Confident claims about the forms of sex rejected by God are also called into question by early Christian interpretations of the story of Sodom. From the perspective of the New Testament, it was the near rape of angels - not sex between men –led to the demise of the city.

Linking a strange story in Genesis about “sons of God” who lust after “daughters of men” to the story of the angels who visit Abraham’s nephew Lot, New Testament writers concluded that the mingling of human and divine flesh is an intolerable sin.

As the New Testament letter Jude puts it:

And the angels who did not keep their own position, but left their proper dwelling, he has kept in eternal chains in deepest darkness for the judgment of the great day. Likewise, Sodom and Gomorrah and the surrounding cities which, in the same manner as they, indulged in sexual immorality and went after strange flesh, serve as an example by undergoing a punishment of eternal fire (Jude 6-7).

The first time angels dared to mix with humans, God flooded the earth, saving only Noah, his family, and the animals. In the case of Sodom, as soon as men attempted to engage in sexual activity with angels, God obliterated the city with fire, delivering only Lot and his family. Sex with angels was regarded as the most dangerous and offensive sex of all.

It’s true that same-sex intimacy is condemned in a few biblical passages. But these passages, , which I can count on one hand, are addressed to specific sex acts and specific persons, not to all humanity forever, and they can be interpreted in any number of ways.

The book of Leviticus, for example, is directed at Israelite men, offering instructions regarding legitimate sexual partners so long as they are living in Israel. Biblical patriarchs and kings violate nearly every one of these commandments.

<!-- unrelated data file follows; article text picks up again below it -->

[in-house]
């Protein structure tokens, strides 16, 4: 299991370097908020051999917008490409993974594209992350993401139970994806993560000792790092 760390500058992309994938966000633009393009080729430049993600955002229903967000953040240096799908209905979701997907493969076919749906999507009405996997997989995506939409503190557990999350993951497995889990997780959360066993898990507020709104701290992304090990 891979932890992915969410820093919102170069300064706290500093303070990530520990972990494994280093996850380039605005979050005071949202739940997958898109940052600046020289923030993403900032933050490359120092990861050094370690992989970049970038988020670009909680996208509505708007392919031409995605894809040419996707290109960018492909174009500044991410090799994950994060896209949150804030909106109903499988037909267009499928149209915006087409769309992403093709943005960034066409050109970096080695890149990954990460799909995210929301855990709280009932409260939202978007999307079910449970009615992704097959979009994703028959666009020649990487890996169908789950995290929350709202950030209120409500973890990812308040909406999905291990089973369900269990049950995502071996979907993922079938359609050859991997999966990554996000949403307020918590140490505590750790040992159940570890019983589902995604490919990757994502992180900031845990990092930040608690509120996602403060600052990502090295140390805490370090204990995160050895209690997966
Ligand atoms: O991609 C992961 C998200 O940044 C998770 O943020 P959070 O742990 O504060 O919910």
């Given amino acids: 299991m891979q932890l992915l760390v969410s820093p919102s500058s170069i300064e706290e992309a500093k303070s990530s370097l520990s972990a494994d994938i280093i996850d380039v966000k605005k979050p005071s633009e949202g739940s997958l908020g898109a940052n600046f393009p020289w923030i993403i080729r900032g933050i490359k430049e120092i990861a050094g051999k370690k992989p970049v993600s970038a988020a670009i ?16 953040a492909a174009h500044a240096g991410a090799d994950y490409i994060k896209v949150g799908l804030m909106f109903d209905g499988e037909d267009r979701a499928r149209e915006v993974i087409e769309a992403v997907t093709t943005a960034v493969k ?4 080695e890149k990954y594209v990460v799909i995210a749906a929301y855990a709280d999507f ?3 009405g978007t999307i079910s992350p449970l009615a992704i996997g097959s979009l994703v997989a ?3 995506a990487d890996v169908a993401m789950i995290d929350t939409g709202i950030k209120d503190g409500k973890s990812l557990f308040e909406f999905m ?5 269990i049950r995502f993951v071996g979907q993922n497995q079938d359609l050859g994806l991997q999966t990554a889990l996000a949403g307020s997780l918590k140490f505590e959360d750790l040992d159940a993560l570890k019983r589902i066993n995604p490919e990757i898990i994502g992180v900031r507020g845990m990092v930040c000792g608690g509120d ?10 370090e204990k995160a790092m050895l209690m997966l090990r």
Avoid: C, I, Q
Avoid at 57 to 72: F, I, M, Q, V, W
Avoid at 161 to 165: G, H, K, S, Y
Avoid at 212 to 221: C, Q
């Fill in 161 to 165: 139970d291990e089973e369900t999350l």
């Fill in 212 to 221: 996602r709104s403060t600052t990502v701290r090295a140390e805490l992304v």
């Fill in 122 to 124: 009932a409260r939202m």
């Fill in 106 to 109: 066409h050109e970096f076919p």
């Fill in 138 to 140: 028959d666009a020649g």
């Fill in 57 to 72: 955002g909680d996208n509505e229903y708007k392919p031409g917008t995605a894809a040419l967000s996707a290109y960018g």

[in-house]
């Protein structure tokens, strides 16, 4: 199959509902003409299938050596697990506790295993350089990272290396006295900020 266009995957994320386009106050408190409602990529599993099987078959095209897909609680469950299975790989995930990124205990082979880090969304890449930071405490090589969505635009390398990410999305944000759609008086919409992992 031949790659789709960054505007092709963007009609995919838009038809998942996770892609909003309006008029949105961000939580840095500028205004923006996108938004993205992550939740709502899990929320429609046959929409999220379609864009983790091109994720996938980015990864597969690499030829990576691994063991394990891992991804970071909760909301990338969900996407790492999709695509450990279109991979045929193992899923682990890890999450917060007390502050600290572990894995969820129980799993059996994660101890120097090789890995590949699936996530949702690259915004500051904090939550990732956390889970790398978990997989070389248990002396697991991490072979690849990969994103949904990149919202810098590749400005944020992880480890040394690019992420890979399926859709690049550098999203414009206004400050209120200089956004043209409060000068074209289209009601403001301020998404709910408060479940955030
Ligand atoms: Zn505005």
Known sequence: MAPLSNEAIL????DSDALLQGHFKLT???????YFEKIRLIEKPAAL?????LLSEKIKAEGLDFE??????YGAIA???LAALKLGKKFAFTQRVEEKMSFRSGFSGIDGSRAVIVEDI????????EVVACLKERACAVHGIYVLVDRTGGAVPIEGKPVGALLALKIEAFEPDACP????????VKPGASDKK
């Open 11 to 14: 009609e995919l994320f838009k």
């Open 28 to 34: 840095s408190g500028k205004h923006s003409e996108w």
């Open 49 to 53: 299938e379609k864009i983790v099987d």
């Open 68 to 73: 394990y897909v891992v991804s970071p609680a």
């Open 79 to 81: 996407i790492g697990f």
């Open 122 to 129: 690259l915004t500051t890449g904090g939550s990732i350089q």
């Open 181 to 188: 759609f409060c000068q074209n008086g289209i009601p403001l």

Paul’s letters urge followers of Christ to remain celibate and blame all Gentiles in general for their poor sexual standards. Jesus, meanwhile, says nothing at all about same-sex pairing, and when he discusses marriage, he discourages it.

So why are we pretending that the Bible is dictating our sexual morals? It isn’t.

Moreover, as Americans we should have learned by now that such a simplistic approach to the Bible will lead us astray.

Only a little more than a century ago, many of the very same passages now being invoked to argue that the scriptures label homosexuality a sin or that God cannot countenance gay marriage were used to justify not “biblical marriage” but slavery.

Yes, the apostle Paul selected same-sex pairings as one among many possible examples of human sin, but he also assumed that slavery was acceptable and then did nothing to protect slaves from sexual use by their masters, a common practice at the time. Letters attributed to him go so far as to command slaves to obey their masters and women to obey their husbands as if they were obeying Christ.

These passages served as fundamental proof texts to those who were arguing that slavery was God’s will and accusing abolitionists of failing to obey biblical mandates.

It is therefore disturbing to hear some Christian leaders today claim that they have no choice but to regard homosexuality as a sin. They do have a choice and should be held accountable for the ones they are making.

The opinions expressed in this commentary are solely those of Jennifer Wright Knust.


by on Feb. 9, 2011 at 1:23 PM
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Replies (1-8):
2gud2btrue
by on Feb. 9, 2011 at 1:24 PM

Here is the author's bio:

Jennifer Wright Knust is Assistant Professor of New Testament and Christian Origins at Boston University. She came to BU from the College of the Holy Cross, where she taught Religious Studies for five years. At BU, she is appointed to the faculties of the School of Theology and the College of Arts and Sciences and is affiliated with the Religion Department, Judaic Studies, and the Women's Gender and Sexuality Studies Program.